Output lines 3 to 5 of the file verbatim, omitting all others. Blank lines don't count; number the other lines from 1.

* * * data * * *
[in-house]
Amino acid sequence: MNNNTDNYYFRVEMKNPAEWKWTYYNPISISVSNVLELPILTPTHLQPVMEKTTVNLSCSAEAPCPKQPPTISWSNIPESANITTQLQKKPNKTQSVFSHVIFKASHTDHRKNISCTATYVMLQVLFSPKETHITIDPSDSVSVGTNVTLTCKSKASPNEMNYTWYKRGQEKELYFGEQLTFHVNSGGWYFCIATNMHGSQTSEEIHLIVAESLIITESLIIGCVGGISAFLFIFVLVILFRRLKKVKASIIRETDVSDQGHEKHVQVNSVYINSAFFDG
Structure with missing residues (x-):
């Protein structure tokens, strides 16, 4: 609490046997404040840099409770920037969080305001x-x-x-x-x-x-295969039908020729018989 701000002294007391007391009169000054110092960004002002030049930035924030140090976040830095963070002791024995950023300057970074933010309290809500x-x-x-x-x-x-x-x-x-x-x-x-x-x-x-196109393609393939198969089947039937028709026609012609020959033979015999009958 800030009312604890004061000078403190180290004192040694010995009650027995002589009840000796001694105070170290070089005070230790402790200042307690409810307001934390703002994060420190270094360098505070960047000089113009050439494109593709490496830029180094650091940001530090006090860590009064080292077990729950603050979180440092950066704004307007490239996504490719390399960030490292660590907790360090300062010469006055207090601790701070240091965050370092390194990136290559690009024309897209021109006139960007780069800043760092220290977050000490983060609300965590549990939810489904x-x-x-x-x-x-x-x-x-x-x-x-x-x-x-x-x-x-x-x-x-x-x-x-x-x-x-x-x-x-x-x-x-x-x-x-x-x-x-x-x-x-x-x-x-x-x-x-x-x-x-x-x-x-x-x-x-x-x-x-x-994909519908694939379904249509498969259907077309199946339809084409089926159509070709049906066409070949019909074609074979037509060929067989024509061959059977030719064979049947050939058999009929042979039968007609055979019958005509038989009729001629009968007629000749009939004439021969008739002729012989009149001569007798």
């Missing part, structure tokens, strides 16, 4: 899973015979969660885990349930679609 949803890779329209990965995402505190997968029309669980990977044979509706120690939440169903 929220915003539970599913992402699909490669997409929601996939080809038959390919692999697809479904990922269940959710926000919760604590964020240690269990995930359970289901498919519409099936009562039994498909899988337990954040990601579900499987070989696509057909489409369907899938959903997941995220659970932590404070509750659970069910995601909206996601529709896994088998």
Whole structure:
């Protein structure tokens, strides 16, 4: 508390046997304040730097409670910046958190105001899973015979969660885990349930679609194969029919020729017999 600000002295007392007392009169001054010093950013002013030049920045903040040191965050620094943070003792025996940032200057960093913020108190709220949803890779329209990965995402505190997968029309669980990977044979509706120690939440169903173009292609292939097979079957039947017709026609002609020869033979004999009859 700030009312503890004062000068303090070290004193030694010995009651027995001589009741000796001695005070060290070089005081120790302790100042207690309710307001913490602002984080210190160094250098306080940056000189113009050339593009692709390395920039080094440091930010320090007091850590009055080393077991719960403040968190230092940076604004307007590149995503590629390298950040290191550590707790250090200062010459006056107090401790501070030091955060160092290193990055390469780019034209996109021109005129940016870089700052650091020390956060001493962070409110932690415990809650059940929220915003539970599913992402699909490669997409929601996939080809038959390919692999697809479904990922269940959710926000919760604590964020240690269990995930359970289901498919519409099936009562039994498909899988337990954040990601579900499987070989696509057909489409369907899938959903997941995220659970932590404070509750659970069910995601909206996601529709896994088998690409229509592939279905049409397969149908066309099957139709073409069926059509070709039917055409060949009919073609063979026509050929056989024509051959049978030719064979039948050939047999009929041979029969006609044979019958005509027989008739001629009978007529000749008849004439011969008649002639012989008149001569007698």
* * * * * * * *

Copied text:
Structure with missing residues (x-):
């Protein structure tokens, strides 16, 4: 609490046997404040840099409770920037969080305001x-x-x-x-x-x-295969039908020729018989 701000002294007391007391009169000054110092960004002002030049930035924030140090976040830095963070002791024995950023300057970074933010309290809500x-x-x-x-x-x-x-x-x-x-x-x-x-x-x-196109393609393939198969089947039937028709026609012609020959033979015999009958 800030009312604890004061000078403190180290004192040694010995009650027995002589009840000796001694105070170290070089005070230790402790200042307690409810307001934390703002994060420190270094360098505070960047000089113009050439494109593709490496830029180094650091940001530090006090860590009064080292077990729950603050979180440092950066704004307007490239996504490719390399960030490292660590907790360090300062010469006055207090601790701070240091965050370092390194990136290559690009024309897209021109006139960007780069800043760092220290977050000490983060609300965590549990939810489904x-x-x-x-x-x-x-x-x-x-x-x-x-x-x-x-x-x-x-x-x-x-x-x-x-x-x-x-x-x-x-x-x-x-x-x-x-x-x-x-x-x-x-x-x-x-x-x-x-x-x-x-x-x-x-x-x-x-x-x-x-994909519908694939379904249509498969259907077309199946339809084409089926159509070709049906066409070949019909074609074979037509060929067989024509061959059977030719064979049947050939058999009929042979039968007609055979019958005509038989009729001629009968007629000749009939004439021969008739002729012989009149001569007798």
């Missing part, structure tokens, strides 16, 4: 899973015979969660885990349930679609 949803890779329209990965995402505190997968029309669980990977044979509706120690939440169903 929220915003539970599913992402699909490669997409929601996939080809038959390919692999697809479904990922269940959710926000919760604590964020240690269990995930359970289901498919519409099936009562039994498909899988337990954040990601579900499987070989696509057909489409369907899938959903997941995220659970932590404070509750659970069910995601909206996601529709896994088998």